Parshas Behar 1986

by | Jul 1, 1986 | 0 comments

In this week’s parsha, we learn about the mitzvah (commandment) of the “shmita” year. “When ye come into the land which I give unto you, then shall ye keep a sabbath unto the L-rd. Six years thou shalt sow thy field, and six years thou shalt prune thy vineyard, and gather in the produce thereof. But in the seventh year shall be a sabbath of solemn rest for the land, a sabbath unto the L-rd; thou shalt neither sow thy field nor prune thy vineyard. That which groweth of itself of thy harvest thou shalt not reap, and the grapes of thy undressed vine thou shalt not gather; it shall be a year of solemn rest for the land. And the sabbath-produce of the land shall be for food for you…” (Lev. 25: 1-6, J.P.S. trans., Soncino.)

A few verses later, the Torah anticipates an obvious objection that a farmer may have: “And if ye shall say: `What shall we eat in the seventh year? Behold, we may not sow, nor gather in our increase’; then I will command My blessing upon you in the sixth year, and it shall bring forth produce for the three years.” (Lev. 25: 20-21.)

An interesting point is this: although we could raise similar objections, or questions, with many mitzvos, this is the only time in the Torah (as far as I know) that such an objection is explicitly stated, and answered. We could then ask: why here, with this mitzvah? In fact, one might suppose that after (at most) the first shmita, when a miracle would be performed for all to see, in the form of increased crops to tide us over that shmita year, no-one would have to ask this question any more! Yet it is a fact that this question is asked, year after year, continually, right up to the present time in Israel. Moshavim that keep the shmita, such as Komemiut, are seen to survive, miraculously, and even prosper, and this is reported regularly in the Israeli press, including the secular press, but people continue to raise “practical” objections to observing the shmita.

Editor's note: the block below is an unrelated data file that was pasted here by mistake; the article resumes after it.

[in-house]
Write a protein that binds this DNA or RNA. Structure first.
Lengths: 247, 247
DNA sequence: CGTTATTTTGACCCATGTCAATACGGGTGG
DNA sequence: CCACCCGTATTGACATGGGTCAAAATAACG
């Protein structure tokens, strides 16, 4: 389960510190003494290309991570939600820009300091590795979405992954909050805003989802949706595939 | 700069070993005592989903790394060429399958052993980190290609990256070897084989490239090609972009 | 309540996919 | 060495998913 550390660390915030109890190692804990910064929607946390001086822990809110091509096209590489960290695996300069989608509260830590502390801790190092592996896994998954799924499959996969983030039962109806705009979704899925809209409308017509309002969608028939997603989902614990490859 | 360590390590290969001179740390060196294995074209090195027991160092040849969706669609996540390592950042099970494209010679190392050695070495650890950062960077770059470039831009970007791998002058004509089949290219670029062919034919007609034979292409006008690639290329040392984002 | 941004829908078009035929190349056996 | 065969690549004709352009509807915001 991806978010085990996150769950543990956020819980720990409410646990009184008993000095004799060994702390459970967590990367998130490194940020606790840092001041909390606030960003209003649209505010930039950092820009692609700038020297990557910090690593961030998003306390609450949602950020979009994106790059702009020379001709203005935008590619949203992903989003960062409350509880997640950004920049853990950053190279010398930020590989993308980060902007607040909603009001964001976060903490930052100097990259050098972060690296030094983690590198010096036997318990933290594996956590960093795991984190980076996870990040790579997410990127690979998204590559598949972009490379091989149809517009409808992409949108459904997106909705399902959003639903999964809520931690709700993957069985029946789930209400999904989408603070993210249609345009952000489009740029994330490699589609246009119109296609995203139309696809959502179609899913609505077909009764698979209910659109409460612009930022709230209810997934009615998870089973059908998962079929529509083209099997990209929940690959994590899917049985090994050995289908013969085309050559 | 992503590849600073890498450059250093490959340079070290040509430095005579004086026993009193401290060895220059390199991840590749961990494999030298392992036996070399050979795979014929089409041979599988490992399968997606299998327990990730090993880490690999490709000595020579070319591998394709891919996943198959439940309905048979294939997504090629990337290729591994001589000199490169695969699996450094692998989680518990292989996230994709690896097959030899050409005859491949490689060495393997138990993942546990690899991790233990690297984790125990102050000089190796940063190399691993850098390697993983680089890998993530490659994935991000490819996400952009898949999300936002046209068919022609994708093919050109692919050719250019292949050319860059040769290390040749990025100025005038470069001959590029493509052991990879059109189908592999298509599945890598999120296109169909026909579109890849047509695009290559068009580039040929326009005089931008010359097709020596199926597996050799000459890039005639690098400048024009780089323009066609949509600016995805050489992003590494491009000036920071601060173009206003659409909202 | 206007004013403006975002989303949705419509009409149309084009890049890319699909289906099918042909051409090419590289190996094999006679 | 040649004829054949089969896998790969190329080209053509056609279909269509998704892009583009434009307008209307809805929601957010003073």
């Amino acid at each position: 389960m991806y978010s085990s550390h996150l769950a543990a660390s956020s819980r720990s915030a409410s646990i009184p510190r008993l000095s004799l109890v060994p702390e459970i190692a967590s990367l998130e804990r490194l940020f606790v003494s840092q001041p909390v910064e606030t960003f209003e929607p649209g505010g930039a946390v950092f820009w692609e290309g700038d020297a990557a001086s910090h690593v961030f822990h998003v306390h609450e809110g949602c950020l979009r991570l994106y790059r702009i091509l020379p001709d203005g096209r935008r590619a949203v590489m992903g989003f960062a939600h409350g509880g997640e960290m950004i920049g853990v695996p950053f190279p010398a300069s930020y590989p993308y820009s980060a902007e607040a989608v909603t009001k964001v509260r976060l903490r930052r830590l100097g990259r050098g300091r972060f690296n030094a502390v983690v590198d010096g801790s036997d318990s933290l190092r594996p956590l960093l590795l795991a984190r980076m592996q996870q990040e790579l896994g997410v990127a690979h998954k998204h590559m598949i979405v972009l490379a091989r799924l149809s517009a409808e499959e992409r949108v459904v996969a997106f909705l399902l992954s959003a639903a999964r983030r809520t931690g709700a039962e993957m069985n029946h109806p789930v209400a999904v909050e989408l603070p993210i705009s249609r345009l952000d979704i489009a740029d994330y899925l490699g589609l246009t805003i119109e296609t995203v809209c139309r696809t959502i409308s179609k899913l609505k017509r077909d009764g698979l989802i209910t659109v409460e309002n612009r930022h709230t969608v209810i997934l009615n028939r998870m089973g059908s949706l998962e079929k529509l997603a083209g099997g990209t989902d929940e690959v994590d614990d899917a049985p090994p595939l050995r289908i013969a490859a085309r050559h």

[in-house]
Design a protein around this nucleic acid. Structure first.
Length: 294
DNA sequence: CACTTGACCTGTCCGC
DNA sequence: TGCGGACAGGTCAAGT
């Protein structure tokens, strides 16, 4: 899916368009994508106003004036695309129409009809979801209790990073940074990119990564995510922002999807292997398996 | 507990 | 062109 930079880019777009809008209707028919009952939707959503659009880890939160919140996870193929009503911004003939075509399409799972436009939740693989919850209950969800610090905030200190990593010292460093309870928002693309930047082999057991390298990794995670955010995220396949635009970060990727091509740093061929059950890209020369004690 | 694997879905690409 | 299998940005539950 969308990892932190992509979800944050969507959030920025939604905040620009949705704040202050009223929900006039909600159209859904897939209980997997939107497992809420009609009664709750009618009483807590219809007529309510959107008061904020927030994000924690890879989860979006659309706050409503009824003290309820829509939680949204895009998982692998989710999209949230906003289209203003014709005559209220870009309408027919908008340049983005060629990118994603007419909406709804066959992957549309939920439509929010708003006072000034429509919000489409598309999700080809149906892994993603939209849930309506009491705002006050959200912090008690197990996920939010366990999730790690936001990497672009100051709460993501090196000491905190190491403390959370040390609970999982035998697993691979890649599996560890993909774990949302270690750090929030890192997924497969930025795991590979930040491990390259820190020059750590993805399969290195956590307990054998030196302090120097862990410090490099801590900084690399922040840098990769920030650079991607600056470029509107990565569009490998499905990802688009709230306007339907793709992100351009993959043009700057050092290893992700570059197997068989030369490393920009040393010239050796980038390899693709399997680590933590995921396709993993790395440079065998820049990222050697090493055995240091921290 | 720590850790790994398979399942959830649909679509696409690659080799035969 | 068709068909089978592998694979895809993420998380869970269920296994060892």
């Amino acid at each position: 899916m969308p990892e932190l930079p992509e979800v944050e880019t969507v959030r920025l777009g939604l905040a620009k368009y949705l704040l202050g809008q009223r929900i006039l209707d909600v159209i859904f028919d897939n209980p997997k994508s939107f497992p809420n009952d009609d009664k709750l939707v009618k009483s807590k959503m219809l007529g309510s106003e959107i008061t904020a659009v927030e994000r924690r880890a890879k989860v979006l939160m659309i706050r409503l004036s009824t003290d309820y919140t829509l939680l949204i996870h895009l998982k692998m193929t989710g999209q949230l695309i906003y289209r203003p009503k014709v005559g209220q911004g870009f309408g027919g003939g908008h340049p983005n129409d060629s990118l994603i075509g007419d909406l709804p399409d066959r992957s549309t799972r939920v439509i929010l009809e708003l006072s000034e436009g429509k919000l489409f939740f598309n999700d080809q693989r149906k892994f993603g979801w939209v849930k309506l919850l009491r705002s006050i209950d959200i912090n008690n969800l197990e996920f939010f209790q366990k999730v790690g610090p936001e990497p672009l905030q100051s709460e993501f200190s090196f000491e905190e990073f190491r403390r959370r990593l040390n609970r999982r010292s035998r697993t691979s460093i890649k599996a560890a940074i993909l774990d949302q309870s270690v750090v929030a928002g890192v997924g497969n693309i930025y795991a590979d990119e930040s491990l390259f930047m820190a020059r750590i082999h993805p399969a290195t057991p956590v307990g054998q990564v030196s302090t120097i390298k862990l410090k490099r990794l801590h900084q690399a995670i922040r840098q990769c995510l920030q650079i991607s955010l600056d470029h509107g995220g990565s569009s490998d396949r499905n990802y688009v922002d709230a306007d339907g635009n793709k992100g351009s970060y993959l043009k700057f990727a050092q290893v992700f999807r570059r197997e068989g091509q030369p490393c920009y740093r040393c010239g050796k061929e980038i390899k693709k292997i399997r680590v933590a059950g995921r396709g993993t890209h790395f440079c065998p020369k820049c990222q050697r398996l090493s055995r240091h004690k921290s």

In fact there is a commentary by Rashi in next week’s parsha (Bechukkothai), to the effect that even during the period of the First Temple, lasting 430 years, the shmita and jubilee years were never completely observed, and this is the reason for the 70 years of exile between the First and Second Temples, since that is the total number of shmita and jubilee years violated during the First Temple period. Yet the farmers during this period must have had ample opportunity to observe the continuing miracle of shmita!

We might suppose that if a miracle were to work in front of our eyes, we would all keep the mitzvos ever after. But nothing like that happens! The only way that we become, or continue to be, observant, is by internalizing the experience of a miracle, that is, by having faith. Otherwise, we can experience a miracle repeatedly, without its affecting our attitude or behavior!

Another example of this phenomenon occurred when the Egyptians pursued the Israelites into the Red Sea. One might have supposed that, confronted with the miracle of the splitting of the sea, the Egyptians would have inferred the existence and power of G-d, and the special favor the Israelites enjoyed with Him, and paused in their tracks. But they simply took advantage of this miracle, without appreciating its significance, and so rushed to their doom.

I once confessed to my Rebbe, Rabbi Scheinberg (shlita), that I was tempted to close down the Torah Center (an adult educational center in Buffalo), because I was so short of funds. “How often have you had this problem with funds?” he asked me. “Every month,” I answered. “Every month you have this problem,” he replied, “and you get out of it each month, and yet you don’t recognize a continuing miracle when you see it!”

By Rabbi Yaacov Haber

Rabbi Yaacov Haber has been a leading force in Jewish community and Jewish education for over forty years. He lived and taught in the United States, Australia and in Israel. He is presently the Rav of Kehillas Shivtei Yeshurun, a vibrant community in the center of Ramat Bet Shemesh, Israel, and serves as the Rabbinic guide to many of its wonderful organisations.


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